Superintendent travels to Chile to help implement ‘flipped’ school model

By: Nick Mordowanec | Fraser - Clinton Township Chronicle | Published July 13, 2016

 Clintondale Community Schools Superintendent Greg Green stands with the principal of Colegio Mayor de Peñalolén and her students in Santiago, Chile, last April.

Clintondale Community Schools Superintendent Greg Green stands with the principal of Colegio Mayor de Peñalolén and her students in Santiago, Chile, last April.

Photo provided by MontesurEDU


CLINTON TOWNSHIP — The so-called education model of the future is reaching lands both near and far.

This past April, Clintondale Community Schools Superintendent Greg Green traveled to Santiago, Chile, to converse with educators, families and students regarding the “flipped” school construct that has twisted education on its head.

Green visited Colegio Mayor Tobalaba and Colegio Mayor de Peñalolén, two high schools in Santiago that had expressed interest in the past regarding the new wave in education.

The process started about two years ago, when eight educators from Chile visited Clintondale to investigate the model — which they enthusiastically embraced. The two aforementioned schools had goals of reinventing themselves, but they wanted to be privy to every angle of the model.

The flipped model is a learner-centered model that urges students to watch and dissect videos and lectures at home, so that when they work on assignments and “homework” in the classroom it can be done in a collaborative environment. Green says there is a greater opportunity to ask questions while receiving instruction from teachers.

It has been a success since being implemented in 2010, improving information retention while simultaneously boosting graduation rates and college attendance rates at Clintondale High School.

The failure rate has dropped from approximately 30 percent to about 8 percent.

Green, who spent 12 years as Clintondale High principal and just completed his first year as superintendent, said he originally had the idea of the flipped model while coaching his then-11-year-old son’s travel baseball team.

He began to share instructional videos with the athletes. Since some kids on the team traveled far distances to attend games and practices, he found it pragmatic to let the players make adjustments on their own time. When they met in person, more time was available to work with players’ individual attributes or problem areas.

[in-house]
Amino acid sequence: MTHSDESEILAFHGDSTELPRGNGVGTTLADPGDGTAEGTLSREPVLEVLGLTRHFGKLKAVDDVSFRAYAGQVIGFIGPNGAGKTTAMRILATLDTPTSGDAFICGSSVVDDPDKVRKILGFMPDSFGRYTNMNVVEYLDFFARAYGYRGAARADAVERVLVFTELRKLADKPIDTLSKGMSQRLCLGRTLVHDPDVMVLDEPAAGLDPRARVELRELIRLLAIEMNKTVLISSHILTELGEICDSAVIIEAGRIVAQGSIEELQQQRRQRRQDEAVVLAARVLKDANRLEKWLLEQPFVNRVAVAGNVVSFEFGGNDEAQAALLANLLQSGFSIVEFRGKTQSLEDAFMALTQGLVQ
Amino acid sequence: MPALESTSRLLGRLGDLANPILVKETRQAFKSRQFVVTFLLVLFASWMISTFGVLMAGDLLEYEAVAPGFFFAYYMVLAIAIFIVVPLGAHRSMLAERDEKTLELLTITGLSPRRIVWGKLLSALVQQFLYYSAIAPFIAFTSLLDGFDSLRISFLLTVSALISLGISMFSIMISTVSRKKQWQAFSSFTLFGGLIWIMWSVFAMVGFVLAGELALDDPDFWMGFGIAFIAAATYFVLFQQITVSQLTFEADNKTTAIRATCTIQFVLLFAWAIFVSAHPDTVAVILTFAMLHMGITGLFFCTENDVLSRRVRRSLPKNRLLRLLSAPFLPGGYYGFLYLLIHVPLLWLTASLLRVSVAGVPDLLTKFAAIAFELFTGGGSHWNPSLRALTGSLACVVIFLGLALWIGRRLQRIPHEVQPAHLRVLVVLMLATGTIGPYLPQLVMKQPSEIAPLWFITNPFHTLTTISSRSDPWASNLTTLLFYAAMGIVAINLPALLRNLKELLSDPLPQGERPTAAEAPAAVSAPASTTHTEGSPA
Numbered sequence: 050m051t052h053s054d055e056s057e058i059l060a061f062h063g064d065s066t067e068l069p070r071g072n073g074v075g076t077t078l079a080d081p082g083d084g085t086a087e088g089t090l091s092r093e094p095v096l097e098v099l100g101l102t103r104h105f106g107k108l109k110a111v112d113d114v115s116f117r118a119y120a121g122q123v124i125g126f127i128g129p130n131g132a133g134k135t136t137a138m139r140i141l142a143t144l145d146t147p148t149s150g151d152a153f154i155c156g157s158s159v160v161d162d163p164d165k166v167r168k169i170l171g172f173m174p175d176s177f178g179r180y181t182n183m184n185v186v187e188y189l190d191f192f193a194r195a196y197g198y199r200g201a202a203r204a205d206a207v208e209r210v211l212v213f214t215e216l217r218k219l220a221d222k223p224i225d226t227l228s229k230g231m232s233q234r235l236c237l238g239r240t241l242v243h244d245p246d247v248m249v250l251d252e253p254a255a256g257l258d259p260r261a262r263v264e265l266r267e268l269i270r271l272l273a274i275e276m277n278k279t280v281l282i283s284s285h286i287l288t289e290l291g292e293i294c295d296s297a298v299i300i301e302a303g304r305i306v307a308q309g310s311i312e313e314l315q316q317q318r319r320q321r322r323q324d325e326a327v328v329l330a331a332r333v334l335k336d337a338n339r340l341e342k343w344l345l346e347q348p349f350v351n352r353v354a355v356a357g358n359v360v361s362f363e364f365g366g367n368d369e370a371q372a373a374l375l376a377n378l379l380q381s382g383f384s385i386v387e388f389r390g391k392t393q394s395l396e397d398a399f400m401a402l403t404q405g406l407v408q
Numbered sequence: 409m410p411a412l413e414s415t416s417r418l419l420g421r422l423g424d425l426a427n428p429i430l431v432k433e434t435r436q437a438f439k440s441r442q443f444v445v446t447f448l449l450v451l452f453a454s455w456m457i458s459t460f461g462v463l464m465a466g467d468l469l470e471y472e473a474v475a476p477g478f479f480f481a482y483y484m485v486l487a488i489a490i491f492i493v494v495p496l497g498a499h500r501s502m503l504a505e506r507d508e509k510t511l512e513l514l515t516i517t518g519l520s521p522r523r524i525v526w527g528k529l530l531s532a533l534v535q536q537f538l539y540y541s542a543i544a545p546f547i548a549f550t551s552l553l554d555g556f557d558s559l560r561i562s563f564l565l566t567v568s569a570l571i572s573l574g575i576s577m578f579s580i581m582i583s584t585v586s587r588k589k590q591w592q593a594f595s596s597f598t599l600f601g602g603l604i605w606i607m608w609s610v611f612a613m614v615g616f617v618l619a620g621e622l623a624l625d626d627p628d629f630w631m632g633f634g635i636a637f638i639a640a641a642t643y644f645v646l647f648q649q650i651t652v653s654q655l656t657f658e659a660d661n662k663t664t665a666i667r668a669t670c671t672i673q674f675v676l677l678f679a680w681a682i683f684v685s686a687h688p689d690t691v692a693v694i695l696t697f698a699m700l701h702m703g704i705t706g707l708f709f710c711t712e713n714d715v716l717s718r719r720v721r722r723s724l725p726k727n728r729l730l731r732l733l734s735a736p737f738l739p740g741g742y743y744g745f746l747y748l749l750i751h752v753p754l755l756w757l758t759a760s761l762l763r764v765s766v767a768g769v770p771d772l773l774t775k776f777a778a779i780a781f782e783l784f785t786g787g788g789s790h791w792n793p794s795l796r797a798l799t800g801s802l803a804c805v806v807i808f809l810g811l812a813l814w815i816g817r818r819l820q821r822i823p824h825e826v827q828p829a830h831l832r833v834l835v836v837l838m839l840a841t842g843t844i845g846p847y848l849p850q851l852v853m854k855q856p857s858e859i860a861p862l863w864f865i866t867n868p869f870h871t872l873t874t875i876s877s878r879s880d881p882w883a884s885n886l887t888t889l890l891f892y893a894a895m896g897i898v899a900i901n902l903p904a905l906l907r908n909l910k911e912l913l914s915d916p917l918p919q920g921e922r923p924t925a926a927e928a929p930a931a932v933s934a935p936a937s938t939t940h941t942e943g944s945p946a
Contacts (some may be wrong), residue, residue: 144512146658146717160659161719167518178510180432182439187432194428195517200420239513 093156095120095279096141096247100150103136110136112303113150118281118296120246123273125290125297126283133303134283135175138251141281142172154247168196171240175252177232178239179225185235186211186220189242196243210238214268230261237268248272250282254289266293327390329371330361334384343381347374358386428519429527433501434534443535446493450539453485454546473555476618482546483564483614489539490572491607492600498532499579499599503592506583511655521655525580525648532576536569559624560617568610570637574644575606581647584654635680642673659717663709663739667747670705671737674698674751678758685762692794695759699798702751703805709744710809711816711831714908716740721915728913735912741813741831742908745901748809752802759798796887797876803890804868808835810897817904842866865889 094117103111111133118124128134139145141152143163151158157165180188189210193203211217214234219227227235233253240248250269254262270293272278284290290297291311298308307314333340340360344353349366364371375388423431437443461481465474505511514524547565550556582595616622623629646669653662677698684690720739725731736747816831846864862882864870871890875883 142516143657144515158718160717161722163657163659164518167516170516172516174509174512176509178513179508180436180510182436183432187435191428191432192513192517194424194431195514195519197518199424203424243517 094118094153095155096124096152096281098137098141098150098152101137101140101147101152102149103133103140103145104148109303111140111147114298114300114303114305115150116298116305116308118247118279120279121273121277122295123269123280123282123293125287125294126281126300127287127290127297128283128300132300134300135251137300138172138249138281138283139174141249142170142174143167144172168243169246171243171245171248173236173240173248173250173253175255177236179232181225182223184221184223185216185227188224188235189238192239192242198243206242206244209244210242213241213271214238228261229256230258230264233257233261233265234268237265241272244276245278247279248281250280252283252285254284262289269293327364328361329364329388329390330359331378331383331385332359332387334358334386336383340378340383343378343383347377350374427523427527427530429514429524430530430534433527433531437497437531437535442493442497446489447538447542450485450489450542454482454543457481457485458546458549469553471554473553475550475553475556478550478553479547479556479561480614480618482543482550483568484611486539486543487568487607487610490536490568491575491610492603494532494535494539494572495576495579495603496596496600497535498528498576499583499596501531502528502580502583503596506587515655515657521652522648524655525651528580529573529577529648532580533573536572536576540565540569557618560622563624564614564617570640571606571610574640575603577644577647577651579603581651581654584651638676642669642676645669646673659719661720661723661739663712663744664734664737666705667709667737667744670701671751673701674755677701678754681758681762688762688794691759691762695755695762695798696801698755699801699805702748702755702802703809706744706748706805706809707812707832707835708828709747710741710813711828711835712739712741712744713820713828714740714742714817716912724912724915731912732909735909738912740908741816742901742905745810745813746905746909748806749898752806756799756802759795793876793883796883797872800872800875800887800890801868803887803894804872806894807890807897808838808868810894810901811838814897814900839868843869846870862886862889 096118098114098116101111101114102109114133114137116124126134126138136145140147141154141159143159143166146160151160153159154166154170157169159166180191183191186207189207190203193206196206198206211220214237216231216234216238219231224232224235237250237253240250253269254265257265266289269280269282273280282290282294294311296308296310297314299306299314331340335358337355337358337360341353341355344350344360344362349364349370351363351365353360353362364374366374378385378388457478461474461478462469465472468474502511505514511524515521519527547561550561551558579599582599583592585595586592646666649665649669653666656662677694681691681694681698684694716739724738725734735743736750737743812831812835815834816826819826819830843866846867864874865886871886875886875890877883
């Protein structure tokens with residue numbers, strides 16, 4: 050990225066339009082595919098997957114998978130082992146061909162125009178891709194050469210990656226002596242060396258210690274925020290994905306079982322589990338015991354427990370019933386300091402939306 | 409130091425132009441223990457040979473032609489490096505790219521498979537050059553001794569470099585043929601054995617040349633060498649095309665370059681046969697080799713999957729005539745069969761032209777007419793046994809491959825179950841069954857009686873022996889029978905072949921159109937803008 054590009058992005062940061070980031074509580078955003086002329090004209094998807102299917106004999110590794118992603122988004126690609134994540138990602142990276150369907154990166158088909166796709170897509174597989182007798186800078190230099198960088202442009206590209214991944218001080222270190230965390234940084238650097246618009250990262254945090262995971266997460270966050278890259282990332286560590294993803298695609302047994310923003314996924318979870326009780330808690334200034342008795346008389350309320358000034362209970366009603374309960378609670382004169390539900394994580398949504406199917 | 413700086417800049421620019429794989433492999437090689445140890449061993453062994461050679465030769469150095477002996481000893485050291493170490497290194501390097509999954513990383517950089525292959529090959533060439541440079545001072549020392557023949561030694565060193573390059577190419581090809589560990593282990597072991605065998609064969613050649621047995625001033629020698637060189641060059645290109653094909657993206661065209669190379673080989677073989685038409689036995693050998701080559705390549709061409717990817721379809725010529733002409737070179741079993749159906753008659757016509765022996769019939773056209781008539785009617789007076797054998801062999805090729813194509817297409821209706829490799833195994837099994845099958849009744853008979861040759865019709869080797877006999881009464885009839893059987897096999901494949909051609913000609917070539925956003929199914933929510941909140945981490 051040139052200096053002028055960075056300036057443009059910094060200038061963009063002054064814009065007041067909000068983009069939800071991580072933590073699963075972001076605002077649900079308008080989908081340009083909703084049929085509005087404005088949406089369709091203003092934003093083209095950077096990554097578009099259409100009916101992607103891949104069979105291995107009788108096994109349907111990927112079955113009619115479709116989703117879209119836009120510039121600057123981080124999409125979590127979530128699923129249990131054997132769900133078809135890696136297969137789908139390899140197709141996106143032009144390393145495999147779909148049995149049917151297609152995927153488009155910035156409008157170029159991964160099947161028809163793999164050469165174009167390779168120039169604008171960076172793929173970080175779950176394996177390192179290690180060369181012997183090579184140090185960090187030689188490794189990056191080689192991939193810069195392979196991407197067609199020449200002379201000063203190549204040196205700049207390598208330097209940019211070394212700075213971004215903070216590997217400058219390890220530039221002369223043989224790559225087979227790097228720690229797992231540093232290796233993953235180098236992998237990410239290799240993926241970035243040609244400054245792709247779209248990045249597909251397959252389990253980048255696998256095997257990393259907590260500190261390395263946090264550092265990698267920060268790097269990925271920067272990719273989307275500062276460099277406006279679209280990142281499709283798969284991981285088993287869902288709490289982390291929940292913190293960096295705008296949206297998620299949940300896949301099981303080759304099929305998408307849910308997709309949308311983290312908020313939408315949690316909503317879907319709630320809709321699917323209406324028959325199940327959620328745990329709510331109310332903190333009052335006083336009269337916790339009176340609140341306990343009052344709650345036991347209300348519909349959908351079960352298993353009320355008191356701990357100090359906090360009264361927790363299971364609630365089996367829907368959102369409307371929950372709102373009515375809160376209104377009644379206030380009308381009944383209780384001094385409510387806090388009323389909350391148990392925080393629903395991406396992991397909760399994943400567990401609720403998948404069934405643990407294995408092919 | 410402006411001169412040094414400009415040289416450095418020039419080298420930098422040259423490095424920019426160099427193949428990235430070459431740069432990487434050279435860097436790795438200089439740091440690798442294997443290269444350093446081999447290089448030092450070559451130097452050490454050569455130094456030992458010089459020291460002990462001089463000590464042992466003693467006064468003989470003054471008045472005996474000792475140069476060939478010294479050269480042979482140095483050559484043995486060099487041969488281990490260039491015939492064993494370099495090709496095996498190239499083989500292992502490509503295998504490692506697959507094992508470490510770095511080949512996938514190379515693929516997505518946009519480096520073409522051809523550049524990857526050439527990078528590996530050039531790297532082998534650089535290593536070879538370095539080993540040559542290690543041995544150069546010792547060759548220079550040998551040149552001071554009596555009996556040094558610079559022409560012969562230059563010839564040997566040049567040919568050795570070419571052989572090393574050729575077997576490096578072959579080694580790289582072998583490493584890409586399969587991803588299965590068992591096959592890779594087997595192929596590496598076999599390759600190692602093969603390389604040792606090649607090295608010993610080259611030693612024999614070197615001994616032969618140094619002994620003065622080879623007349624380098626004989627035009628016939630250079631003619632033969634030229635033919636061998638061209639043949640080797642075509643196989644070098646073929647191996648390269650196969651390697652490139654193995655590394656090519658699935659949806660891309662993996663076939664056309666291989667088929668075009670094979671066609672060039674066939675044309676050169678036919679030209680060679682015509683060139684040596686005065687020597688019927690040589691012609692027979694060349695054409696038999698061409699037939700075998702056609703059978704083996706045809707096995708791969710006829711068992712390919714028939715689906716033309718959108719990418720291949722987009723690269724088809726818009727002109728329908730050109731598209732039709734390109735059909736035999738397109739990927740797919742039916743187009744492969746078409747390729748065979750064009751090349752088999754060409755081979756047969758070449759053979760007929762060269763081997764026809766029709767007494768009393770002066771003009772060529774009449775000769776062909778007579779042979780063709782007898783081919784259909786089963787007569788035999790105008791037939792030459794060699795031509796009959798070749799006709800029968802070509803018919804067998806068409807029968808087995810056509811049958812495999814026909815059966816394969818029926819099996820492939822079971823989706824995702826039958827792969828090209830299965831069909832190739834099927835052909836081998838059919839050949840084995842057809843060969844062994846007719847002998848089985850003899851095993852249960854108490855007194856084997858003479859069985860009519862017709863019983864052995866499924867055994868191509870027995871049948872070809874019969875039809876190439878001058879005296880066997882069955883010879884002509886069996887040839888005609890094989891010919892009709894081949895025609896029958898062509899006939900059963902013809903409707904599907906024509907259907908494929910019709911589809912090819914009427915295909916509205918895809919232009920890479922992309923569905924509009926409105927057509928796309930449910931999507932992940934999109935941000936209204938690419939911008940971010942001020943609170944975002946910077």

It’s a model that can be utilized in different arenas.

“We want our teachers helping our kids,” Green said. “Parents haven’t had the specialized training, or are not familiar with a subject or it’s just been a long time.

“We have different strategies and studies. That’s why teachers are even more vital today, because of the complexity put in front of kids today.”

Green’s first foray to South America came on the heels of a visit by two Clintondale teachers late last year. After meeting with the teachers, the Chilean school educators wanted to ask administrators more specific questions — such as how to scale and implement the system.

“They’re terrific people and doing a great job down there,” Green said. “It’s an honor to be there and help others with the process.”

And it’s not just schools in Chile that are taking notice, either. 

Last year, CNN named Clintondale High as one of the top 41 most innovative schools in the United States. The flipped model has garnered major attention from nationally renowned media, like The New York Times and CBS News, and has been identified as educationally stimulating in countries like China, Poland, Canada, Japan, New Zealand and the United Kingdom.

This is just the beginning, Green said, and advancements to make the model work better and faster are continually in the works.

“I think imitation is the greatest form of flattery,” he said. “It’s not something that we brag a lot about, but it’s something that we’re really proud of. It’s validation.

“It’s really nice and just an honor that people think that highly of your work.”

For more information on the flipped school model, visit